Of the new styles of beer bartenders have to work with, high-octane double and triple IPAs are often the most challenging. “It’s a lot easier to use sweeter flavors from beer in a cocktail than it is to use a strong bitterness,” says Beaumont. “But again, because mixologists have gone through phases of embracing amari and various bitters, they come to beer and say, ‘Hey, this has the same family resemblance in terms of its flavor profile.’”
It’s hard to pin down precisely when beer cocktails started to advance like this. Beaumont presented on them at Tales of the Cocktail nearly a decade ago and saw the topic as “fringe stuff,” and, even three or four years ago, he wasn’t seeing them universally on menus. In contrast, when Grier and his colleagues presented at Tales this summer, they were able to share tips on everything from making beer simple syrup to the best practices for hot beer drinks, like using beer with residual sugar.
Whatever sparked this new wave of gin barrel-aged Radlers and bro-mosas, it’s clear there’s been a swift evolution that incorporates a wider variety of beer styles and utilizes an increased knowledge of complementary flavors. “I go into places all across the U.S. and Canada and see a separate section of beer cocktails both from the cocktail side and the beer bar side,” says Beaumont. “It’s remarkable and a very recent turn of events.”
A Quick Guide to Mixing with Modern Beer
Beer Style: IPA
How it works in drinks: IPAs tend to offer boldness in every direction, with intense hoppy bitterness and fragrant citrus or herbal flavors. Pair IPAs with spirits and other ingredients that pack a similar punch—and that won’t be overpowered by the beer. Spirits with a complementary bitterness work especially well.
Mix with: Bitters and aromatic spirits like pisco, amaro, mezcal, blanco tequila, orange or cherry liqueurs and Campari.
Drinks to Try: Cold in the Shadows, The Detroiter, Arrowhead Limited, McIntosh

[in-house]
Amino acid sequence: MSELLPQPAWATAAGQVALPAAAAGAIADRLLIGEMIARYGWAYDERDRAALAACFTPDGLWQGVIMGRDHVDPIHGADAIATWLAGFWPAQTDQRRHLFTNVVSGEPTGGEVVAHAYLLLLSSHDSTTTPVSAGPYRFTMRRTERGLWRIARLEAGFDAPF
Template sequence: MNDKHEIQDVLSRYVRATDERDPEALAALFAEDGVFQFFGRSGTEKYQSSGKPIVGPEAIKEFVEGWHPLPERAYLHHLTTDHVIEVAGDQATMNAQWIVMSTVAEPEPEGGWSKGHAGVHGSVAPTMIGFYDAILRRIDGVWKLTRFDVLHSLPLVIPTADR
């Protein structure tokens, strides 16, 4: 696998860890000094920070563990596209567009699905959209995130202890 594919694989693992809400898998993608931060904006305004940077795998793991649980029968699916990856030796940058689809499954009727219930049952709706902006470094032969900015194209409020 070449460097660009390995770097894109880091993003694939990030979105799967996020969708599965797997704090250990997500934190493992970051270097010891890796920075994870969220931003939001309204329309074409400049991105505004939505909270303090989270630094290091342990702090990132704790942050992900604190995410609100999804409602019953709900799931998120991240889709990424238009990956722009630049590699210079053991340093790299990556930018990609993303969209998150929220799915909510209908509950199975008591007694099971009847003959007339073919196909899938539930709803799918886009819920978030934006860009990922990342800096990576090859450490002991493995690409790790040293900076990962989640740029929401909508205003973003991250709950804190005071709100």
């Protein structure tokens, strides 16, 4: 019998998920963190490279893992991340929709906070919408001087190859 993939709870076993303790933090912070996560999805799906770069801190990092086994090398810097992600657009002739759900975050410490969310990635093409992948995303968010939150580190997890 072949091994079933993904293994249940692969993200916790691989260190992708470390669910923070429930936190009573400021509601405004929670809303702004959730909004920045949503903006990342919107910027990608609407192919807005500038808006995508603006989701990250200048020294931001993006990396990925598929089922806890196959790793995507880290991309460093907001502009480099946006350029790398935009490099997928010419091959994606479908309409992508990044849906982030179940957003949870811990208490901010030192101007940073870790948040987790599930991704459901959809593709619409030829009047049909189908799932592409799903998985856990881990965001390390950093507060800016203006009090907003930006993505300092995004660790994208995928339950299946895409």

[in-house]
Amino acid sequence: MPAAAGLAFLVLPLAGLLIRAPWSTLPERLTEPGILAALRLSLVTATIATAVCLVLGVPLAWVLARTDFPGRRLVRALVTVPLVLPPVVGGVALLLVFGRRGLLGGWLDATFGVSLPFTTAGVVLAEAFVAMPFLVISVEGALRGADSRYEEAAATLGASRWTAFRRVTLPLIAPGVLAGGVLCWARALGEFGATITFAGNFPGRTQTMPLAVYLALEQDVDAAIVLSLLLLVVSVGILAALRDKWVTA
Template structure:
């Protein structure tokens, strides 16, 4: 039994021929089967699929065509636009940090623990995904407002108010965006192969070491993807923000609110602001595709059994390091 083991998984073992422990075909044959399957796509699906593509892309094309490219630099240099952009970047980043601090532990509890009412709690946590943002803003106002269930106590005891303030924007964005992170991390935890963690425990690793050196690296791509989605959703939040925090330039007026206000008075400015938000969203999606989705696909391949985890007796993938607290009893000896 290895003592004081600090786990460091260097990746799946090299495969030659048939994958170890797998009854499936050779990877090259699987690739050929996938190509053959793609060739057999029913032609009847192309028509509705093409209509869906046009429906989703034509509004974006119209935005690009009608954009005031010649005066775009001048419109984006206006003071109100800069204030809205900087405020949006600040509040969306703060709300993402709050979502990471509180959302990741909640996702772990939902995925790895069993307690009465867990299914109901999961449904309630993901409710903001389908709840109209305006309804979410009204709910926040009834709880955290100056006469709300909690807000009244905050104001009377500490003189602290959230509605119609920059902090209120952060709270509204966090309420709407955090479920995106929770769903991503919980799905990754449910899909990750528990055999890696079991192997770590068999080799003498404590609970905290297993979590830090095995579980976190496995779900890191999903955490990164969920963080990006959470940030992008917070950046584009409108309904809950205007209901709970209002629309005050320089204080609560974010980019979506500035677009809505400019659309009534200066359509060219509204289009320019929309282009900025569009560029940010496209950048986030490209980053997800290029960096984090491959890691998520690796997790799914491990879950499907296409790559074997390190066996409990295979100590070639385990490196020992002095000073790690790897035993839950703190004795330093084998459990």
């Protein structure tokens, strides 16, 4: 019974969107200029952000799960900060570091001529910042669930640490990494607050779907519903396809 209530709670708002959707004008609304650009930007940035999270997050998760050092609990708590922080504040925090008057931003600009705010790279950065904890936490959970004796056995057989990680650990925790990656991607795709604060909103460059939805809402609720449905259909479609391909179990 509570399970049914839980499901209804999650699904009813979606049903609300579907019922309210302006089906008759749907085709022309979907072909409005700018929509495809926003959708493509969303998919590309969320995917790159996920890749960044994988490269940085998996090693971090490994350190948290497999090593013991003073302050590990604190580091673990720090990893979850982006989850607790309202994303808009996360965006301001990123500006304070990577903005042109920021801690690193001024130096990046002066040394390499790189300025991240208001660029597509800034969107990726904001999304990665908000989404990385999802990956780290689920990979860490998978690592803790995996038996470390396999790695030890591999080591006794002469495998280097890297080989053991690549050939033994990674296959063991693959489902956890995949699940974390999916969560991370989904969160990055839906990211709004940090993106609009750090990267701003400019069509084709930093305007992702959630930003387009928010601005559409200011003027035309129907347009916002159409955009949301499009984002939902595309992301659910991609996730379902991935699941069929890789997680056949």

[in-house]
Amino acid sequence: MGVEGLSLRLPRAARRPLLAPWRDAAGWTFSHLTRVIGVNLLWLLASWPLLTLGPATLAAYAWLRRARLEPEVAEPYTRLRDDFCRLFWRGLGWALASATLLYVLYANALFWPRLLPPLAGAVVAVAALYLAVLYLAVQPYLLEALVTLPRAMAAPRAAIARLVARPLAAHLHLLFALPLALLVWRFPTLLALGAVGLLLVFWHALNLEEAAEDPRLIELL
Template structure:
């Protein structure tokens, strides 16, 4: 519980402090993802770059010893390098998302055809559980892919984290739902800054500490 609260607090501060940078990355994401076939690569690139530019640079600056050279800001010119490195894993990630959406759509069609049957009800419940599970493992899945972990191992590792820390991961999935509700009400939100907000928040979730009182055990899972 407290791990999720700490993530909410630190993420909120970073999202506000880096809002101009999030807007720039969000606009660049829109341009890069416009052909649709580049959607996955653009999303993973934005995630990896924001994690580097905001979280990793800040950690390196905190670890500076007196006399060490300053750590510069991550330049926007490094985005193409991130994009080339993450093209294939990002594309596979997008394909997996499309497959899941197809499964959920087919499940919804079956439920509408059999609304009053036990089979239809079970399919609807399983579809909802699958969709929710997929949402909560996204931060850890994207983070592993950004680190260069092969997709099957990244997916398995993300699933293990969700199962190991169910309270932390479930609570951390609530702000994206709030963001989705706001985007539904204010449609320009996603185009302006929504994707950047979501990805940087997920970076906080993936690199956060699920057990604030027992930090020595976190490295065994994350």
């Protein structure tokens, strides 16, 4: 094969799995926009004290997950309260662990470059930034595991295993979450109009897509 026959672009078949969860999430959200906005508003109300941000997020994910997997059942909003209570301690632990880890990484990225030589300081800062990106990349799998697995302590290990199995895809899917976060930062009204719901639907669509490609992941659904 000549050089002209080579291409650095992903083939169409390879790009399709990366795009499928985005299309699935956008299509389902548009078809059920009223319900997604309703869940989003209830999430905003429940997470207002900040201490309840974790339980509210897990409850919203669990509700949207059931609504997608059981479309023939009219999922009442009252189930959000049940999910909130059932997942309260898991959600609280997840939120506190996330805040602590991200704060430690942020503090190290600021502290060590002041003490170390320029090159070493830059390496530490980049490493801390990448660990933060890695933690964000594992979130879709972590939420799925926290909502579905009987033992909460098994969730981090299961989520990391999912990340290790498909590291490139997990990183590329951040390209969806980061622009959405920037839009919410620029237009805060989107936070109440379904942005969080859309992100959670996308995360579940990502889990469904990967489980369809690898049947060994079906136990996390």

Beer style: Stout
How it works in drinks: Deep, rich, malty stouts superbly accompany spirits that have been aged in barrels and that have a toasty, caramelly side of their own. Stouts also go well with spice flavors, as found in older rums and amaro.
Mix with: rye whiskey, bourbon, aged rum, brandy, mezcal and amaro
Drinks to Try: Averna Stout Flip, Black Velvet, “Root Beer Float”, Gulf Coast Martini
Beer style: Wheat Beer
How it works in drinks: It’s not uncommon for bartenders to garnish wheat beers with a wedge of lemon or orange and this principle extends to using the beers in cocktails, too. They’ll work well with spirits that are also elevated by citrus.
Mix with: gin, blanco tequila, white rum, Genever, pisco, Campari and orange liqueurs.
Drinks to Try: White Bull, Hop Over, Trigger Warning, Bananas Is My Business, Rustic Pimm’s Cup, Winter Lady
Beer style: Saisons and Sours
How it works in drinks: More aggressively sour wild ales can lend perceivable acidity to drinks, but often need sweetness to counter the dryness that is characteristic of this style, while saisons play nice with lighter drinks that rely on citrus and herbal flavors. For richer or more fruit-forward styles of sour beer, like kriek or Flanders red ale, look to heavier ingredients like bourbon, sweet vermouth and other aromatized wines.
Mix with: gin, mezcal, bourbon (kriek and sour red ales), bianco vermouth, stone fruit liqueurs, Aperol.
Drinks to Try: Knob Kriek, Gambol and Snap